|Thomas Willett biographical notes (13)|
bring the rest of the Leydon congregation to Plymouth. Many did make the voyage, including Thomas Willett Jr., but there is no record of Thomas Sr. nor any others of the Willett family doing so.
Thomas Willett, the emigrant, was born ca 1610 in Leydon, Holland, and sailed from London in the second “Mayflower” in 1629 with other Puritans, bound for the Massachusetts Bay Colony, which had been founded at Salem in the previous September. The ship put in at Salem on May 15, 1629, and the passengers bound for Plymouth were taken there by boat. Thomas Willett was listed as one of the “Saints” on board, that is, one of the Leydon congregation. He was described as “an honest yonge man”. (Willison: Saints and Strangers, p.451) These were the original Pilgrims, although the Pilgrims had no name for themselves as a group; for generations they were known to their descendants merely as the Forefathers.
In 1630, Thomas Willett was sent by the Pilgrim leaders to their new trading post on the Penobscot River, on the coast of Maine. Governor Bradford thought that Thomas was discreet and trustworthy, and sent him to keep the manager of the post “within bounds”. However, apparently Thomas was not able to do this, as the manager was dismissed the next year and sent back to England “for trading powder and shote with ye Indeans” and other misdemeanors. (Ibid, pp 289-291). Thomas Willett was then given command of the trading post, but in 1632, while he was in Plymouth on business, a small French ship put into the harbor of the trading post on the Penobscot River, and feeling that the post was an encroachment on their territory, and hearing that the man in charge was away, they robbed it of “everything at hand - blankets, rugs, coats, biscuit and beaver worth five hundred pounds. They even compelled the servants to carry the loot on board and stow it down, before they leisurely sailed away” (Ibid. p.295)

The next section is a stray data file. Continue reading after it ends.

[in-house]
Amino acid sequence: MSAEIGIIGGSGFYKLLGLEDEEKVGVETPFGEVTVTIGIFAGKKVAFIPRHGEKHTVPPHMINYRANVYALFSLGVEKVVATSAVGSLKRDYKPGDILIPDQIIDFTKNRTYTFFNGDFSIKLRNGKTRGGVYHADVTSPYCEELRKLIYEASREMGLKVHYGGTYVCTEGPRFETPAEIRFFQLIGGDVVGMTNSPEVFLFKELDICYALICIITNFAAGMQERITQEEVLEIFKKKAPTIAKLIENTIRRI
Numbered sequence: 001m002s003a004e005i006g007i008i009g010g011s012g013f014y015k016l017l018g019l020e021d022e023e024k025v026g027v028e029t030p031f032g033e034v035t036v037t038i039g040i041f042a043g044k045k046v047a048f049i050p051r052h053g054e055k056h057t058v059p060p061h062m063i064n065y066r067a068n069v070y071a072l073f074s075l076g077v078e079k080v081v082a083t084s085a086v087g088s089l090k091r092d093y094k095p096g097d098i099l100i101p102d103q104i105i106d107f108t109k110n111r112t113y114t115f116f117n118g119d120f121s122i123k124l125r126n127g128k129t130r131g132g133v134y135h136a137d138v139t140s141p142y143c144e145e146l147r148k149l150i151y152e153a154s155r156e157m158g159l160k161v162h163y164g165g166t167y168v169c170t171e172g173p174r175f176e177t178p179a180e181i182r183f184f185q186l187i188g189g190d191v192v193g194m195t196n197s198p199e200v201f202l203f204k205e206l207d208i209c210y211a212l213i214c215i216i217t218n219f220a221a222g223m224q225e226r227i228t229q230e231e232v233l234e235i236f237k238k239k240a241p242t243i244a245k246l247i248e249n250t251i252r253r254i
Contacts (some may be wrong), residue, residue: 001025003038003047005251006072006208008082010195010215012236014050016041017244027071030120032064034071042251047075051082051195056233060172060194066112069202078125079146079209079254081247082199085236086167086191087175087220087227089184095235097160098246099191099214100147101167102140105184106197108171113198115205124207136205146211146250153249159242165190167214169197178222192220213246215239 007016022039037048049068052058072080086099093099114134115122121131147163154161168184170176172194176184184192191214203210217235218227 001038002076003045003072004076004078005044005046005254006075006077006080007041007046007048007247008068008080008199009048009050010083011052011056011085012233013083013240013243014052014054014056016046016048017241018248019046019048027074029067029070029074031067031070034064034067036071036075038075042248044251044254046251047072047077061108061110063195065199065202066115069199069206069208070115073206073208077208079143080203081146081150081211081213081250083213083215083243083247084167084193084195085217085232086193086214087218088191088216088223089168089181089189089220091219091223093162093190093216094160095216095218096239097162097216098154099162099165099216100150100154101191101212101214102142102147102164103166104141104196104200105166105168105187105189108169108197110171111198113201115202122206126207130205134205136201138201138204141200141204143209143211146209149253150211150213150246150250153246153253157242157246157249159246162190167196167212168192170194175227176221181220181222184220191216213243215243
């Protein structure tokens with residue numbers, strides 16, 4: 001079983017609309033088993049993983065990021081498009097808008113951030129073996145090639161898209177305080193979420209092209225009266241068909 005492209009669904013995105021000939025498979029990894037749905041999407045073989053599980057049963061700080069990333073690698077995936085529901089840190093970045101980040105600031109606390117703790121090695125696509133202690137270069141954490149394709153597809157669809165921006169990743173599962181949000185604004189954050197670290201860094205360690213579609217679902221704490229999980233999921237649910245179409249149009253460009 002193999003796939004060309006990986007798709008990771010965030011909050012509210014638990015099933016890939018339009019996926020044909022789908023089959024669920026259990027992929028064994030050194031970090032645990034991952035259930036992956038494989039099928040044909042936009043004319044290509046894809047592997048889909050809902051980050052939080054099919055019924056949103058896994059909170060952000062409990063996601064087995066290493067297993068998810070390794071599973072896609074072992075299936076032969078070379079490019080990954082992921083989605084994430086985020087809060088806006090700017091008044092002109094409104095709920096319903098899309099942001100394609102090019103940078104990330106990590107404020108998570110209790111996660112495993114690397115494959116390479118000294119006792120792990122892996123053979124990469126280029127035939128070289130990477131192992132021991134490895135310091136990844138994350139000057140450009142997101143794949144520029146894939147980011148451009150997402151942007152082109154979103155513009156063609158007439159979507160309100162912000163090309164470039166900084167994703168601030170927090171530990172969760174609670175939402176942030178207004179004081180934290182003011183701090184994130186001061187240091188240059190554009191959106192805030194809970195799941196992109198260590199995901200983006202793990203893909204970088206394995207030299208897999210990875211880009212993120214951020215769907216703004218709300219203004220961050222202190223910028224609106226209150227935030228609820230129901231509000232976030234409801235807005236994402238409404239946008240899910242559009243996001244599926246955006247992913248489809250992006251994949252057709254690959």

In 1633, Thomas Willett became a freeman, but in 1635 the post on the Penobscot was again attacked by the French, and Thomas and his men were forced to give it up and return to Plymouth in a small boat, with only a few provisions. He was then made agent in charge of the trading post on the Kennebee River, which had been established by the Plymouth Colony several years before. This port was located on the present site of Augusta, Maine, and was a profitable enterprise for the Pilgrims.
On July 6, 1636 Thomas Willett married Mary, daughter of John Browne and his wife Dorothy. (Ibid. p.452; also Charles Henry Pope: Pioneers of Massachusetts, Baltimore 1969, p.73) Thomas and Mary Willett lived in Plymouth and in 1638, lands were confirmed to him. Thomas was a merchant, with many and varied business ventures, and he traded as far
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Updated Mar 2014
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